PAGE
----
Published September 3, 2013

The Chickahominy Tribe, currently the second largest tribe in Virginia, is based primarily in Charles City County. Because of their historic proximity to Jamestown, members of the autonomous Algonquin-speaking Chickahominy Tribe were among the very first native Virginians to encounter Europeans upon their arrival in the beginning of the seventeenth century. The Chickahominy host numerous cultural events, most prominently the annual Fall Festival and Powwow which features resurgent and vibrant forms of Indian dance. Jessica Canaday Stewart grew up watching her aunt dance traditional Chickahominy dances across the powwow circuit. Unlike many of her young friends who gravitated toward the contemporary powwow dance styles known as “jingles” or “fancy dances,” Jessie dedicated herself to mastering the traditional Chickahominy dances of her ancestors. At 26, she has already been named “Miss Chickahominy” five times, representing the tribe as a dancer at powwows across the East coast. The youngest Master Artist ever to participate in the Virginia Folklife Apprenticeship Program, Jessie will be apprenticing her young cousin, Vanessa Adkins, who, much like Jessie as a young teenager, is eager to learn to dance in the true Chickahominy tradition.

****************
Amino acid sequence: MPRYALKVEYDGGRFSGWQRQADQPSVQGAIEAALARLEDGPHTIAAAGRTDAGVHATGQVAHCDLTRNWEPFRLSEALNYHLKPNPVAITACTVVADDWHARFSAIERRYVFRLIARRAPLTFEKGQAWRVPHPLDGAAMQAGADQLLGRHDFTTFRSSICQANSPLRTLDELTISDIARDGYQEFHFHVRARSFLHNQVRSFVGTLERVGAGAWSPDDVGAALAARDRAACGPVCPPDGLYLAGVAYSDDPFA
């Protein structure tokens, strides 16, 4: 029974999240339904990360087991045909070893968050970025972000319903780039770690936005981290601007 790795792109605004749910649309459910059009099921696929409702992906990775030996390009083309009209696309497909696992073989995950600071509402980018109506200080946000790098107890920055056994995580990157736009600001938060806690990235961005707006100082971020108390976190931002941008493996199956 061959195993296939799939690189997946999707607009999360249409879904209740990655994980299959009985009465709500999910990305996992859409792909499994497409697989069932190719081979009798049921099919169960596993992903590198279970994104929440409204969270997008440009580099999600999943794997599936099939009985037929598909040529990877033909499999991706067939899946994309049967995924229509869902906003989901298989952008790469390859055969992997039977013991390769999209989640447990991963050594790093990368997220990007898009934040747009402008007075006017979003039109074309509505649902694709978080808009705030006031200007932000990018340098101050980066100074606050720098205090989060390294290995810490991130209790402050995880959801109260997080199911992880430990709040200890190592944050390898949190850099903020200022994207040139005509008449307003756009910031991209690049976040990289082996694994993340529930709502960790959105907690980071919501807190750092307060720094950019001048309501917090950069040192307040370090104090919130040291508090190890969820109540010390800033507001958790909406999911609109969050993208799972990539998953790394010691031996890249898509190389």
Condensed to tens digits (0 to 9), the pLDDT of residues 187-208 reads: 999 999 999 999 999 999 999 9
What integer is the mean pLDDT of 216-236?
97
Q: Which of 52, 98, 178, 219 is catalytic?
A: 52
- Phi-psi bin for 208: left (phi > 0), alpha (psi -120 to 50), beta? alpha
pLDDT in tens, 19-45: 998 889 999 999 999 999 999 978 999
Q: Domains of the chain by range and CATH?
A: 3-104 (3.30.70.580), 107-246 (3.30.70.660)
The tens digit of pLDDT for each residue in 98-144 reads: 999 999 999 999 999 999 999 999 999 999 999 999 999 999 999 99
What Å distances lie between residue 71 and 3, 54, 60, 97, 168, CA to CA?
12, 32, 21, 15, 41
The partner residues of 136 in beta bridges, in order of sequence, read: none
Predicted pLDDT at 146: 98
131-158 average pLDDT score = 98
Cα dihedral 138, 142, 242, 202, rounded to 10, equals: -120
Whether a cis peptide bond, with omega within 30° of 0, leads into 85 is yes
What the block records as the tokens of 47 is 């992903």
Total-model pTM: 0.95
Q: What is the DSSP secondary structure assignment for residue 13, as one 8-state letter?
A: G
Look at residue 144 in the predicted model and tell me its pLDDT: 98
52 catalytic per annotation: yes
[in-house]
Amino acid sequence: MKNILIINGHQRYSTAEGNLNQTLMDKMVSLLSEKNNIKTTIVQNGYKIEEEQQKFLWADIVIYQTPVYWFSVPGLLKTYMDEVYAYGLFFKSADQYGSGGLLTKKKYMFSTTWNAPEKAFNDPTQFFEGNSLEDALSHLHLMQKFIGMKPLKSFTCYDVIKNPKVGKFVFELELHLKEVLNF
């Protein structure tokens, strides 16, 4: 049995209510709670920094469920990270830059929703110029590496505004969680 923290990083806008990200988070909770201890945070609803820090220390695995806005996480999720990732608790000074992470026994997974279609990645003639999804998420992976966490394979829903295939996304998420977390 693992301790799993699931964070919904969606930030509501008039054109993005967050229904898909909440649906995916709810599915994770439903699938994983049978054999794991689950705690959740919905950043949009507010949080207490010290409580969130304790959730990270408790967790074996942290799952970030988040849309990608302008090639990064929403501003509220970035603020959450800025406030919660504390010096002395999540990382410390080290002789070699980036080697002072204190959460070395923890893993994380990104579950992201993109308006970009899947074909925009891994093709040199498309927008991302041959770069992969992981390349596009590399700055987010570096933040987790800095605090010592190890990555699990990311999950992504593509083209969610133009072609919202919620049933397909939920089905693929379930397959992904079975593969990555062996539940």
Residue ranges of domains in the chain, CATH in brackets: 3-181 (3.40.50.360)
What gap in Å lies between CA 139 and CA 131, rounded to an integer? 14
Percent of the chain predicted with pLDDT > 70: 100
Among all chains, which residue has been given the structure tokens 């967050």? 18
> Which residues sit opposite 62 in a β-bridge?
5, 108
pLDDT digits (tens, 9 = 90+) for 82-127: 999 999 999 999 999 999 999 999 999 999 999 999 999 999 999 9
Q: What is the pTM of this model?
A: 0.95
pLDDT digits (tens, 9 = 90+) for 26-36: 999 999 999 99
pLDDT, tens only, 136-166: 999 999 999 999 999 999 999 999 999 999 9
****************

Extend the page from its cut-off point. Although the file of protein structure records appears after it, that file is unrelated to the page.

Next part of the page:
Learning Experience

Virginia History in Song

What can songs teach us about history?